When to complain about defective domestic building work

The Queensland Building and Construction Commission Act 1991 (Qld) (Act) provides key requirements and time limitations for dealing with or rectifying defective domestic building work.  The recent decision of MacFarlane v Queensland Building and Construction Commission [2019] QCAT 408 (MacFarlane) illustrates the impact of failing to comply with the time frames as they apply to defective building work.

What does the Act say?

Under the Act, the Queensland Building and Construction Commission (QBCC) is empowered to issue to a builder a notice to rectify defective domestic building work considered to be defective or incomplete.

Under section 71J of the Act, a home owner may ask the QBCC to give a direction to rectify domestic building work considered to be defective or incomplete, the request having to be made within 12 months after the home owner becomes aware of the domestic building work considered to be defective.

Section 72 of the Act provides that if the QBCC is of the opinion that building work is defective or incomplete, it may direct the person who carried out the work to rectify it.

Background to MacFarlane

In MacFarlane, during the course of construction the home owner in March 2016 complained about water ingress into the bedrooms after heavy rain.  The house construction was completed in June 2016.  In March 2017 there was further water ingress, again after heavy rain.  Despite the builder’s attempts to rectify the problem, there were further ingress events in April and October 2017.

In October 2017, the home owner engaged another contractor to assess the source of the problem and to rectify it, however the problem persisted with further water ingress between November 2017 and February 2018.  The home owner commenced filling out a QBCC on-line complaint in December 2017 but did not complete and submit it until February 2018.  The builder was placed into liquidation in May 2018.

In July 2018, the QBCC, notwithstanding it had determined the work was structurally defective, decided not to issue a direction to rectify because of the delay in reporting the problem.  Significantly, under section 72(5) of the Act, the QBCC is not required to give a direction to rectify if it is satisfied it would be unfair to the person to give the direction.

The home owner sought a review of the QBCC’s decision before the Queensland Civil and Administrative Tribunal (QCAT).

QCAT’s findings

In upholding the QBCC’s decision, QCAT noted that the power to give a direction to rectify is not for the benefit of the home owner, but rather it is to discharge the QBCC’s responsibilities under the Act.

It was noted that one of the reasons for imposing time limits is to ensure defects are rectified as soon as possible so as to avoid further deterioration or consequential damage.  In addition, early notification also helps the QBCC to identify without delay poorly performing contractors or those in financial difficulty.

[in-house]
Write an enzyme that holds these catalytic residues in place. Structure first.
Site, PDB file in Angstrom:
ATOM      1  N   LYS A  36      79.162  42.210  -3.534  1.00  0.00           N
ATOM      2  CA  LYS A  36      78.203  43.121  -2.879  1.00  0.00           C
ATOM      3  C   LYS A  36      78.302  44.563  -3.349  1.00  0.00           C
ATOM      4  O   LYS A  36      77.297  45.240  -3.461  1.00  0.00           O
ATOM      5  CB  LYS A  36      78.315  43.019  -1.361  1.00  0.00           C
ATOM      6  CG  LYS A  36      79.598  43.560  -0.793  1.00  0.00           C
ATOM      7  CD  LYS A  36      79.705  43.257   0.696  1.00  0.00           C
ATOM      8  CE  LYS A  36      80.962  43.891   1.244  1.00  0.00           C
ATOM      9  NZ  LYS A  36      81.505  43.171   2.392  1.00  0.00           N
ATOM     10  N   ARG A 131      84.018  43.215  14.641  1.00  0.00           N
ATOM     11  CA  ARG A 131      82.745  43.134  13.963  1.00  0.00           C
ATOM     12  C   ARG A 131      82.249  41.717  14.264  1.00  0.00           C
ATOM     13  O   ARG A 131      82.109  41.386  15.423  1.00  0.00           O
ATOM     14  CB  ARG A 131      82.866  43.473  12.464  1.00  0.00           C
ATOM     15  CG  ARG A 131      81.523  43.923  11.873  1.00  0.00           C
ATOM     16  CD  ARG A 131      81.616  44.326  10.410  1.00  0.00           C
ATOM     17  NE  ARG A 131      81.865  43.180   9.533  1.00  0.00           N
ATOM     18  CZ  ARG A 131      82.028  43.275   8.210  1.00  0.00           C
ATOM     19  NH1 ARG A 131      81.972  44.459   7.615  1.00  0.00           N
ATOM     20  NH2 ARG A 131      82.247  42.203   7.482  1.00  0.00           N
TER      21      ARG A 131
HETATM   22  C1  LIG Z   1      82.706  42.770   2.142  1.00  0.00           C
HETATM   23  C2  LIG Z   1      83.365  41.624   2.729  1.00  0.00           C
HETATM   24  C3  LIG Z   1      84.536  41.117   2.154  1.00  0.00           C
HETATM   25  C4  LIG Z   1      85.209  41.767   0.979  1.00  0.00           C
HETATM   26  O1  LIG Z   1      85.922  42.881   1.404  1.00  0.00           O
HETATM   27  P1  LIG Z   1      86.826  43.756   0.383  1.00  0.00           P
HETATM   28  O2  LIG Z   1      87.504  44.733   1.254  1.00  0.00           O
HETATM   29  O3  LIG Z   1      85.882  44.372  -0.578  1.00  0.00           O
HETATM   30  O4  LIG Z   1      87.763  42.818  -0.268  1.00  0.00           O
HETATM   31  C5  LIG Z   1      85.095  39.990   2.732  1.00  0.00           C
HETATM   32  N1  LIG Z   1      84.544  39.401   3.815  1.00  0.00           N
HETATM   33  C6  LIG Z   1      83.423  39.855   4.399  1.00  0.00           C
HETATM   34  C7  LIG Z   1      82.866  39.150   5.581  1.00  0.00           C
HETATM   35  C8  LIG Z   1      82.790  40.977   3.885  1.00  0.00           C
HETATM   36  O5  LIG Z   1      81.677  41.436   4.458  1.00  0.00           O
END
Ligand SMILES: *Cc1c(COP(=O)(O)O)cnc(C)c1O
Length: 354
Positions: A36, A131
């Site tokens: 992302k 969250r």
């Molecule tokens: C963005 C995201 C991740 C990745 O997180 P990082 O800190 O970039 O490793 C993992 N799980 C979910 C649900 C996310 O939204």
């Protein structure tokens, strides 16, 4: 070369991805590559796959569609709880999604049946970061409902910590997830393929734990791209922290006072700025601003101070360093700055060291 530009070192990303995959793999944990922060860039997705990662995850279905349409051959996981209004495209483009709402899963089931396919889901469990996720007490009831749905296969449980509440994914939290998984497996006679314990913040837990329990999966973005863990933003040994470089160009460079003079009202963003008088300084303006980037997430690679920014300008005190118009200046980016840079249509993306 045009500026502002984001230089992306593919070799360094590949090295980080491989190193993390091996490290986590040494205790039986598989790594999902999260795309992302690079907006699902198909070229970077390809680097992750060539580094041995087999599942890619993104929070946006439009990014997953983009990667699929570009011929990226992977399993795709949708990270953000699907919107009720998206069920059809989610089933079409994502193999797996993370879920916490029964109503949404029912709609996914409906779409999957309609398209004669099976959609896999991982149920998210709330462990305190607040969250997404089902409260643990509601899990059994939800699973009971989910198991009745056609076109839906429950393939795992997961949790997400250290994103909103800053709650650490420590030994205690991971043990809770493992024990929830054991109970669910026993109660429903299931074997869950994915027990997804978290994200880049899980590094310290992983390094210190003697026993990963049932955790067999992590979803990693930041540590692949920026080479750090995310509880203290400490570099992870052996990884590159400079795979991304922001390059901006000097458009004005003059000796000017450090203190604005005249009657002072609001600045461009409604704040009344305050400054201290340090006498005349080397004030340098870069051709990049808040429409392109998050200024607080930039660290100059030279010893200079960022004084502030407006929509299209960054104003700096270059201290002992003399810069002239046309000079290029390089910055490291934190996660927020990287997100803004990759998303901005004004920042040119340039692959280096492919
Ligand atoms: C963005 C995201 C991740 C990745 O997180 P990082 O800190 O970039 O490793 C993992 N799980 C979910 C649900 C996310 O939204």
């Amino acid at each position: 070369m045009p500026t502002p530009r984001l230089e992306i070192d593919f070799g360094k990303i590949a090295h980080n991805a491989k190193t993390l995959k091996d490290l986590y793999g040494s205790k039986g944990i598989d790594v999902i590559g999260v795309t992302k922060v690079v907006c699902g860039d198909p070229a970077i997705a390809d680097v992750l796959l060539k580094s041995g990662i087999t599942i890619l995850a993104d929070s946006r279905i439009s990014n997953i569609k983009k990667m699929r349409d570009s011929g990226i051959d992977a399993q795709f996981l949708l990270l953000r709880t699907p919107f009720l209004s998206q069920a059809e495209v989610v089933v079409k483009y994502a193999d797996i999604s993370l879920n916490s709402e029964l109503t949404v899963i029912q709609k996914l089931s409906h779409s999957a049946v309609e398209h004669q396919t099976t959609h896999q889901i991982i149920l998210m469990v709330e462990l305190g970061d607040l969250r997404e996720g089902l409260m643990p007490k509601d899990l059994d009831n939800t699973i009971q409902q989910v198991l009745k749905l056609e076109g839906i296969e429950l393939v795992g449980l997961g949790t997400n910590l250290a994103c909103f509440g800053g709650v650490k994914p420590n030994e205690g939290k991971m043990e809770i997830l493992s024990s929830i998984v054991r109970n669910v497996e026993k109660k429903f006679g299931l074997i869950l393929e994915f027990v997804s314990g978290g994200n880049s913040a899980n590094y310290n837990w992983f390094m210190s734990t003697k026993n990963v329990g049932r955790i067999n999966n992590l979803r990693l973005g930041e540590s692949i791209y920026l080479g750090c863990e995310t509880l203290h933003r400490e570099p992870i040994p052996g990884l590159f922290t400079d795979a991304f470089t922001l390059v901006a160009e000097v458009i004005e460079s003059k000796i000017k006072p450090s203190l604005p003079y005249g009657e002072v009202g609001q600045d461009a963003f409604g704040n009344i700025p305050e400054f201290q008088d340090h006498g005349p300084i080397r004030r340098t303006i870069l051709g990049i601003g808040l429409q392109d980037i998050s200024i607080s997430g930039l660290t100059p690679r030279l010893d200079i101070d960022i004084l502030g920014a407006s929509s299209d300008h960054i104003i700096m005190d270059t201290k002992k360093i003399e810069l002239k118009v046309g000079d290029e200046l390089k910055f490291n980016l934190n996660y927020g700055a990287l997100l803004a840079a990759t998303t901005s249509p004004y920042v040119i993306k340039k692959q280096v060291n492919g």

The Tribunal took the view that the home owner acted reasonably in initially engaging with the builder in its attempt to fix the water ingress issue but that by October 2017 when other contractors became involved, at that point the QBCC should have been informed, not some four and a half months later in February 2018.

In the circumstances, it was held that the QBCC’s decision not to give a direction to rectify was correct.


Investing in the construction of a home is a significant financial decision for any Australian.  When it comes to concerns about defective domestic building work the Latin maxim Vigilantibus non dormientibus aequitas subvenit applies – the law supports the waking, not the sleeping.

Home owners should be vigilant in surveying the quality of the building work performed and need to act swiftly when concerned about the standard of that work to ensure they protect and preserve their contractual and legislative rights.

Further references


MacFarlane v Queensland Building and Construction Commission [2019] QCAT 408


Queensland Building and Construction Commission Act 1991 (Qld)

Related articles by Dundas Lawyers

Negligence Claims in Domestic Building Disputes

Building Disputes and Arbitration Clauses

Termination for incomplete construction work

Why you should not engage an unlicensed builder

Defects and completion of construction contract stages

Further information

If you need assistance regarding defective building work issues, please telephone me for an obligation free and confidential discussion.


Mitch Brown - Dundas LawyersMitch Brown Dip.T.,BA.,LL.B.,MQLS.
Legal Practice Director
Telephone: (07) 5646 9174
Mobile: 0420 205 105
e: mbrown@dundaslawyersgc.com.au




This article contains general commentary only. You should not rely on the commentary as legal advice.  Specific legal advice should be obtained to ascertain how the law applies to your particular circumstances. 

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